Irritable bowel syndrome (IBS) is a gastrointestinal disorder characterized by chronic abdominal pain and altered bowel habits—diarrhea, constipation, or alternating episodes of both—in the absence of clear anatomical or physiologic abnormalities. The most recent criteria defines irritable bowel syndrome as recurrent abdominal pain, on average, at least 1 day per week in the 3 months before diagnosis that is associated with two more of the following: (a) relation to defecation, (b) association with change in the frequency of stool, (c) association with a change in the form (appearance) of stool (Rome IV criteria) (14, 15). It is the most frequently diagnosed gastro-intestinal condition, accounting for about 30% of all referrals to gastroenterologists (16) and is highly co-morbid with fibromyalgia (17). Based on a meta-analysis of 80 studies involving over 250,000 total subjects, the world-wide prevalence is estimated to be about 11.2% with higher rates in women than men (18). Like fibromyalgia, the etiology and pathophysiology of irritable bowel syndrome remain uncertain although emotional stress intensifies symptoms and hinders positive treatment outcomes (17).
We review evidence for fibromyalgia and irritable bowel syndrome as arising from a chronic autonomic response that may be triggered or exacerbated by evolutionary bio-behavioral processes that regulate the brain and body in response to threat. In pursuit of this, this paper reviews: (1) the elevated prevalence of fibromyalgia and irritable bowel syndrome among sexual abuse and rape survivors, (2) the organizing autonomic threat-response principles drawn from the guiding framework of the Polyvagal Theory that explain the adaptive function of shifts in autonomic state reflected in respiratory sinus arrhythmia (high frequency heart rate variability), (3) the autonomic and neurophysiological systems that regulate pain and gastrointestinal function, (4) empirical evidence of diminished RSA reflecting altered autonomic function in fibromyalgia and irritable bowel syndrome patients, (5) common autonomically-regulated co-morbidities in fibromyalgia and irritable bowel syndrome patients, and (6) evidence for autonomic disruption after trauma. The understanding of fibromyalgia and irritable bowel syndrome as systemic dysfunction produced by a chronic autonomic threat response provides novel opportunities for treatment that targets the brain-body system, including the brain-gut axis, rather than treating individual symptoms.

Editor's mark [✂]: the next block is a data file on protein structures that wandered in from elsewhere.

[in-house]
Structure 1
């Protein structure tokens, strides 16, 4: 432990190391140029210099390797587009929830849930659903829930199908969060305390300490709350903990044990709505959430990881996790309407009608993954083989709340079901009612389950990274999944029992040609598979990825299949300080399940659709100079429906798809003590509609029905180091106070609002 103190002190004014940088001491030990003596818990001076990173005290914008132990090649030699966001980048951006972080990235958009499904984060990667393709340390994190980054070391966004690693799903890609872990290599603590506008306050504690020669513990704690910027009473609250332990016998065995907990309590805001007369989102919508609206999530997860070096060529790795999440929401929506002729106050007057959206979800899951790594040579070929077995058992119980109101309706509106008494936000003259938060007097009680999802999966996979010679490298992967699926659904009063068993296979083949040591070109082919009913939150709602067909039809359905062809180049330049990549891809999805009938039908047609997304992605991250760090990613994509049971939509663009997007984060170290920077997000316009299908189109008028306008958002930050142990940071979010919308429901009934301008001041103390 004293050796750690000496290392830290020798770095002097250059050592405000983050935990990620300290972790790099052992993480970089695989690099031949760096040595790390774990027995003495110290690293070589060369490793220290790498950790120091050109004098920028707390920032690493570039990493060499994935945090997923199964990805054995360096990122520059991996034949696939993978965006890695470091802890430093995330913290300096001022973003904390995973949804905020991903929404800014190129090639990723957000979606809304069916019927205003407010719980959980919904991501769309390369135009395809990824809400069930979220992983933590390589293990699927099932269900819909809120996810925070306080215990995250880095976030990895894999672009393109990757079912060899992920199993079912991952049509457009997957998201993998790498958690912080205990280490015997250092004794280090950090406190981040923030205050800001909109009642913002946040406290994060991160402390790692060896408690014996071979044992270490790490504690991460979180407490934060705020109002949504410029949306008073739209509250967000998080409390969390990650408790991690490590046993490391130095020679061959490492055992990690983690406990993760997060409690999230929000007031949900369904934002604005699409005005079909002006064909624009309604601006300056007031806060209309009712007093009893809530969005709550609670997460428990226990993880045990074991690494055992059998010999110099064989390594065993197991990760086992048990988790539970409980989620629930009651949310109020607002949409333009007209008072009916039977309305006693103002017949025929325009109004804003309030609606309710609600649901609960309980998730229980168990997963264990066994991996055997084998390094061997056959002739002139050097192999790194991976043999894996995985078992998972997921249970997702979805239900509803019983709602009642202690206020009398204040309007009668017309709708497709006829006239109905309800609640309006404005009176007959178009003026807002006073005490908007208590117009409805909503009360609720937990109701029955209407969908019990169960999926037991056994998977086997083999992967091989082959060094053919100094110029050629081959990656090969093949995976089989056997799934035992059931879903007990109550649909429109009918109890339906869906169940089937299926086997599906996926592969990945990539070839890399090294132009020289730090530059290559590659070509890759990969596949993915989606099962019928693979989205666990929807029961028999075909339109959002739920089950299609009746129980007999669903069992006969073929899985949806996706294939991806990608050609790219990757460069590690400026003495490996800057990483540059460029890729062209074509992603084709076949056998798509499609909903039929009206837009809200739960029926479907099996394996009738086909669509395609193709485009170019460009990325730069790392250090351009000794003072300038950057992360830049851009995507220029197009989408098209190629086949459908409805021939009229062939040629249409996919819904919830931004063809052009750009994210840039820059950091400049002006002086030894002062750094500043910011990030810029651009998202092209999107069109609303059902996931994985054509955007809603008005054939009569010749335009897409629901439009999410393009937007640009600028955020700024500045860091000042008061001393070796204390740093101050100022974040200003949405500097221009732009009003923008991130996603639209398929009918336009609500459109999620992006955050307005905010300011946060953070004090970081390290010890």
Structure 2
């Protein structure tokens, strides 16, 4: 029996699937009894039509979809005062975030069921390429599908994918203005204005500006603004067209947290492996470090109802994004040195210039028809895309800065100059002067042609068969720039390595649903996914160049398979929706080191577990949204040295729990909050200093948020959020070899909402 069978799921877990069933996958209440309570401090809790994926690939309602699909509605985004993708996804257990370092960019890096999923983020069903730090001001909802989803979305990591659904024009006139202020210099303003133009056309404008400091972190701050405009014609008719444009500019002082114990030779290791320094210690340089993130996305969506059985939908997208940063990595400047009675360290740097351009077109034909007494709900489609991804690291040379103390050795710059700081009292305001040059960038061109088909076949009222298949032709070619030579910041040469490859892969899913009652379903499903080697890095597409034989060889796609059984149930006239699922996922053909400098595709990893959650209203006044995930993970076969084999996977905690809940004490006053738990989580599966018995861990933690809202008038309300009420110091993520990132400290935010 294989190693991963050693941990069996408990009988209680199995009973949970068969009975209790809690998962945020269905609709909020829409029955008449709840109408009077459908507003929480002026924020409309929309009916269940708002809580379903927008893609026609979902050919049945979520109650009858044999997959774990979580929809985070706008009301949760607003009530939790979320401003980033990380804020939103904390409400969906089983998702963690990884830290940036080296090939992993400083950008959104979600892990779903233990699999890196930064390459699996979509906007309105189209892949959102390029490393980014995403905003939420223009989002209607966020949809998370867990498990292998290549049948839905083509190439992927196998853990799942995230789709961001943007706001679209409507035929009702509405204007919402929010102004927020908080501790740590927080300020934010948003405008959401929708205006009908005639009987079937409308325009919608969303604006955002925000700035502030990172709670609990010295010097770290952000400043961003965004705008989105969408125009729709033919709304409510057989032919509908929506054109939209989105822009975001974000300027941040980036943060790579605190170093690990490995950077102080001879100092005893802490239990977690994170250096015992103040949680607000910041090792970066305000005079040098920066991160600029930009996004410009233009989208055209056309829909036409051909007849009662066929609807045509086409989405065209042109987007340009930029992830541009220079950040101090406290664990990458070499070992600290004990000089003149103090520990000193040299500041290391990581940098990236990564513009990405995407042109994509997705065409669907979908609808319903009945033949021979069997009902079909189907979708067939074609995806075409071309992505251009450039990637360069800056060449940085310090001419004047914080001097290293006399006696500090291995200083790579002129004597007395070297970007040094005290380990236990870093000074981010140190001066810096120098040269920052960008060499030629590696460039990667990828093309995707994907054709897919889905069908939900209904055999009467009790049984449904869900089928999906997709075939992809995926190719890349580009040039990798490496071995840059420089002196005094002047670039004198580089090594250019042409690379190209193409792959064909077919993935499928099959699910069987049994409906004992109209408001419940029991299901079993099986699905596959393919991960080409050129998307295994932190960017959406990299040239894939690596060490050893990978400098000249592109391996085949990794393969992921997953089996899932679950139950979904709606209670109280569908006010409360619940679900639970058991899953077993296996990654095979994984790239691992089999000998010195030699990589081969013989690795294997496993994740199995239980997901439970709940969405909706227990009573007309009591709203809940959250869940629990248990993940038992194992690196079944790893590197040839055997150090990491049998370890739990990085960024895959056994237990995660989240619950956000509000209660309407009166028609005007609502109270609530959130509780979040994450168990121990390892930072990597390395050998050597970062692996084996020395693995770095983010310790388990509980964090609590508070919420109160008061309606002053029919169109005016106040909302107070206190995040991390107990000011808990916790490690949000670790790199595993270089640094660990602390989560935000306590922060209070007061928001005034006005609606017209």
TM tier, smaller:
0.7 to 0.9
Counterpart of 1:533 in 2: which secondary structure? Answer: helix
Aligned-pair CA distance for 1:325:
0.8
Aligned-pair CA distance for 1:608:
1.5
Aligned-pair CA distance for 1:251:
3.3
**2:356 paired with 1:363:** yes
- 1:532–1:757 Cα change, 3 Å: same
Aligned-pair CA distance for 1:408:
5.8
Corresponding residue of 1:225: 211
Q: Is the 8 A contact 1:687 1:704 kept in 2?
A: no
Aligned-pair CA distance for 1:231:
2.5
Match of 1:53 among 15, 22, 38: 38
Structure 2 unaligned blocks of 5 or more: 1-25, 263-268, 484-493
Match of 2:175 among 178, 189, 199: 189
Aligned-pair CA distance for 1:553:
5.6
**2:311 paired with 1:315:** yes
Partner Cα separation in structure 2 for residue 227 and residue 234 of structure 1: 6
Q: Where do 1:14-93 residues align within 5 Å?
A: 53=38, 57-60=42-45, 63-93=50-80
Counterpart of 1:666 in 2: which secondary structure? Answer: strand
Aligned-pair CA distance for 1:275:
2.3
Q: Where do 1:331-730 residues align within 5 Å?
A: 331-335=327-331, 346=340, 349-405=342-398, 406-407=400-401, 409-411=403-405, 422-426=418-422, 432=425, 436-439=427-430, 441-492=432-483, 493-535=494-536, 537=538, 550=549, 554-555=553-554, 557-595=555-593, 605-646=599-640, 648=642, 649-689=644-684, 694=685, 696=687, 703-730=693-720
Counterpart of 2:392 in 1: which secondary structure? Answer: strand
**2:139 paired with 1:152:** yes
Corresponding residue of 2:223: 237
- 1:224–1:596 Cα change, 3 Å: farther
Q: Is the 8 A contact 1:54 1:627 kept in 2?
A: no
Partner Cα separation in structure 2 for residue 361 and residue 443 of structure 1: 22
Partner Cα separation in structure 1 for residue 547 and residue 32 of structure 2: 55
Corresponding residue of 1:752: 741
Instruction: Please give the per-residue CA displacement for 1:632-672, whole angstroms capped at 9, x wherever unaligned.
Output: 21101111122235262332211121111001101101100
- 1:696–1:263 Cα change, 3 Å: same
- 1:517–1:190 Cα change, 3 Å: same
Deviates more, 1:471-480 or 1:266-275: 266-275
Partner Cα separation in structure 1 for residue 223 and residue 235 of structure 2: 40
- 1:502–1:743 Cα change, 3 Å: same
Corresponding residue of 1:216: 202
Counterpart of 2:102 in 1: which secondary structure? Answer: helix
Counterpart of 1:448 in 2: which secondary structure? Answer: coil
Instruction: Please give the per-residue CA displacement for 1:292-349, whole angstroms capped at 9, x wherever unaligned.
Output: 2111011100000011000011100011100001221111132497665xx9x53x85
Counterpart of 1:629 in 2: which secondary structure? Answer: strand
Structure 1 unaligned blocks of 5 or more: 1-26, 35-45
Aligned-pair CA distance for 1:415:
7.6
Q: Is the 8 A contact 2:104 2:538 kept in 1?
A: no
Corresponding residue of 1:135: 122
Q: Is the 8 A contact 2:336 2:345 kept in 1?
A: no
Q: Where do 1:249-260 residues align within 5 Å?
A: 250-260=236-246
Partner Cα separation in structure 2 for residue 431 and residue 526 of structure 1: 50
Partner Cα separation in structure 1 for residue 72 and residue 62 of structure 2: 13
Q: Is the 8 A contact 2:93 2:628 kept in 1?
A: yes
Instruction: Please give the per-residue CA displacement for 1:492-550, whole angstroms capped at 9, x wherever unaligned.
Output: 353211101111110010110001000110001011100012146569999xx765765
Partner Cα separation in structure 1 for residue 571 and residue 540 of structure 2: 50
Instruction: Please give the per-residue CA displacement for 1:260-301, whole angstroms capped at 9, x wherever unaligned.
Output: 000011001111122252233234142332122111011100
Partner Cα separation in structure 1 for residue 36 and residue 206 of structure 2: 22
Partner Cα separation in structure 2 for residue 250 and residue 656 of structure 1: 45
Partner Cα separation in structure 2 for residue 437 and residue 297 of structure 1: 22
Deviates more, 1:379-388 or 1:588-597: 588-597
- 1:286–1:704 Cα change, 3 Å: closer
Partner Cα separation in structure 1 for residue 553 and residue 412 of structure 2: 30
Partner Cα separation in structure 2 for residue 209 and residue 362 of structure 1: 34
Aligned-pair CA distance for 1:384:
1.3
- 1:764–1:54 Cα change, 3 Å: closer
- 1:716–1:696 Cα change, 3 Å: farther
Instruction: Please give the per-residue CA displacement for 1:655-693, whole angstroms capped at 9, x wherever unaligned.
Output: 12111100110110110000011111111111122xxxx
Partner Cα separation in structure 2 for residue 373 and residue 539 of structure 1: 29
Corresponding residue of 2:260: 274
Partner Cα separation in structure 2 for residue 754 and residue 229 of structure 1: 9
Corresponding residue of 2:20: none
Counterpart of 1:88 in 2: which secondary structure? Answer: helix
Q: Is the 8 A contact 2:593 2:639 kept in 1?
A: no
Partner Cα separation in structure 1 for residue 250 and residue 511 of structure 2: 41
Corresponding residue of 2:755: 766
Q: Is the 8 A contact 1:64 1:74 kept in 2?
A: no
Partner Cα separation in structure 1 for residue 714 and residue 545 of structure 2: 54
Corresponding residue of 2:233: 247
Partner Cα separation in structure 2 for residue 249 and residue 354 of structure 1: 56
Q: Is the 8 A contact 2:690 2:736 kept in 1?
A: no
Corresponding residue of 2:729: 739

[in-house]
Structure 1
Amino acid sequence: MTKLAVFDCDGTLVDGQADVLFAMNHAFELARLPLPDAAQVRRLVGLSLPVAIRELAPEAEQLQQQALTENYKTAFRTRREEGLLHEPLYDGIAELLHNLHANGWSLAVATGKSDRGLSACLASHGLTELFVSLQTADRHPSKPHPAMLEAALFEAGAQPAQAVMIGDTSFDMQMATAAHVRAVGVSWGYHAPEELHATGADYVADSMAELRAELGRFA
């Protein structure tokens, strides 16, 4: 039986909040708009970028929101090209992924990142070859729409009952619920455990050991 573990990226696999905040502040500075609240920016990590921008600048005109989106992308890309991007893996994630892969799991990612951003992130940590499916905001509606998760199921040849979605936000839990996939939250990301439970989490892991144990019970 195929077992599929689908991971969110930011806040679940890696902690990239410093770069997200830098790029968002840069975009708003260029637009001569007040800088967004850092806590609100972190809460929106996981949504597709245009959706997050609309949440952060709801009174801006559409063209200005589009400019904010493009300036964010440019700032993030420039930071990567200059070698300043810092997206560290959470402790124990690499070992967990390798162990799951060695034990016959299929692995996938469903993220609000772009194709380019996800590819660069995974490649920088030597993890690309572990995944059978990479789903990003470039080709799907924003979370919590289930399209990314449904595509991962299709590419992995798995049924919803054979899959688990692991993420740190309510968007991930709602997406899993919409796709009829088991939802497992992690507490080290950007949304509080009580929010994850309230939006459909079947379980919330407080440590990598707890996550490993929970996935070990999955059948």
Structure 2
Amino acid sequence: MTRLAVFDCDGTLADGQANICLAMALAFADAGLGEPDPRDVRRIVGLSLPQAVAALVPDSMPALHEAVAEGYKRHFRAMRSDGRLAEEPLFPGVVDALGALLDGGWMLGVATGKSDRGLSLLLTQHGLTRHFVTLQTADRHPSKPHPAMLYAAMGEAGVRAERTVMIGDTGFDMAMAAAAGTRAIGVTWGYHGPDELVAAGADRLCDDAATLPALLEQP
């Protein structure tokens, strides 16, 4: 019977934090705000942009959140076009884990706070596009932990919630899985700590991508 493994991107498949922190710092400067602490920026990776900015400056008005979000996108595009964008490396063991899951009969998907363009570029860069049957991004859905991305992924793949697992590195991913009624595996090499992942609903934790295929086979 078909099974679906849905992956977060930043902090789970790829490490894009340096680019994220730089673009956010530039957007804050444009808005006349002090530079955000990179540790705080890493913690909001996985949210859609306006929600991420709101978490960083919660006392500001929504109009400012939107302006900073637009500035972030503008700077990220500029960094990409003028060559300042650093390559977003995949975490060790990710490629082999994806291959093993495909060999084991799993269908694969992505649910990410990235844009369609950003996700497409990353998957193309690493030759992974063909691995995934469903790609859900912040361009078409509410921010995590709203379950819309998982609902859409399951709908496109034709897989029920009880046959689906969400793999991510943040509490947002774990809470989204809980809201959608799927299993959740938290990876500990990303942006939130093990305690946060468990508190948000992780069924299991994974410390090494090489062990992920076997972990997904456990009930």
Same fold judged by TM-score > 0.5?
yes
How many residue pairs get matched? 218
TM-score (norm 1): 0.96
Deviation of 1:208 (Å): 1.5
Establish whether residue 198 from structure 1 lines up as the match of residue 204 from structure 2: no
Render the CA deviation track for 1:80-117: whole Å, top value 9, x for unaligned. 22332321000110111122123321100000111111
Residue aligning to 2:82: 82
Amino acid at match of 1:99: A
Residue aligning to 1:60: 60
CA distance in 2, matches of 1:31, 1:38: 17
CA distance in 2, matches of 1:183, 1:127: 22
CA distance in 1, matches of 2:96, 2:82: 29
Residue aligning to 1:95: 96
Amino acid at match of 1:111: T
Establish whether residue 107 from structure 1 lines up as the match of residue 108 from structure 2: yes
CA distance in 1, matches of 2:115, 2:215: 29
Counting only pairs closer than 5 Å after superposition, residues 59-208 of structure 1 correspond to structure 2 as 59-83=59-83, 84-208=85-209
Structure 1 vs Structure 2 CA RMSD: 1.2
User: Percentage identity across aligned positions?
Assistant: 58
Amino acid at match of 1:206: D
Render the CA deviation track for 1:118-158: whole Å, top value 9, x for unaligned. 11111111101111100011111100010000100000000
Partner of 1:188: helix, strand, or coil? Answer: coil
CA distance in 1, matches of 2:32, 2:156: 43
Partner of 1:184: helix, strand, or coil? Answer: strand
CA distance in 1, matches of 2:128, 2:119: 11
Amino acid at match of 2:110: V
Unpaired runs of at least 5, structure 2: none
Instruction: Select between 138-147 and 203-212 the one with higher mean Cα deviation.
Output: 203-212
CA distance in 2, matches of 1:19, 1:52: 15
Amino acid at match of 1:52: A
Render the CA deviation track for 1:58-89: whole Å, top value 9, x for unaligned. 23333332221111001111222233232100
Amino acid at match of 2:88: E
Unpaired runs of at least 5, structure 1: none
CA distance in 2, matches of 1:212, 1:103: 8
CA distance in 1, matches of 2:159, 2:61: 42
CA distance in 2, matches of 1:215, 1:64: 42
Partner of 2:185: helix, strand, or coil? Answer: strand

Fibromyalgia and Irritable Bowel Syndrome After Sexual Abuse and Rape
Sexual and physical abuse in both childhood and adulthood are a widespread problem. Based on a series of large-scale meta-analyses, international prevalence rates are estimated to be 13% for childhood sexual abuse (8% males, 18% females) and 23% for childhood physical abuse (19). In the US, the Centers for Disease Control and Prevention estimate that the lifetime prevalence of rape is 19% in women and 2% in men and intimate partner violence prevalence is 32% in women and 28% in men (with severe intimate partner violence prevalence at 22 and 14%, respectively) (20). Notably, these higher rates of sexual and physical abuse among women are paralleled in the gender-specific prevalence of fibromyalgia and irritable bowel syndrome. Women are about twice as likely to have a fibromyalgia diagnosis (13) and have 1.67 greater odds of having irritable bowel syndrome than men (18).
Converging evidence across many studies shows that abuse history is a strong predictor of fibromyalgia. In a meta-analysis of 18 studies with a total of over 13,000 combined participants, Häuser and colleagues found that sexual and physical abuse in both childhood and adulthood predicted greater odds of fibromyalgia (odds ratio point estimate range: 1.94–3.07) (21). In their meta-analysis, Paras and colleagues found that rape survivors have especially high odds of fibromyalgia diagnosis (OR = 3.27) (22). These risk factors are higher in fibromyalgia patients than those with rheumatoid arthritis, highlighting the specificity of the role of abuse and trauma in FM pathogenesis compared to a pain disorder with a known organic cause (23).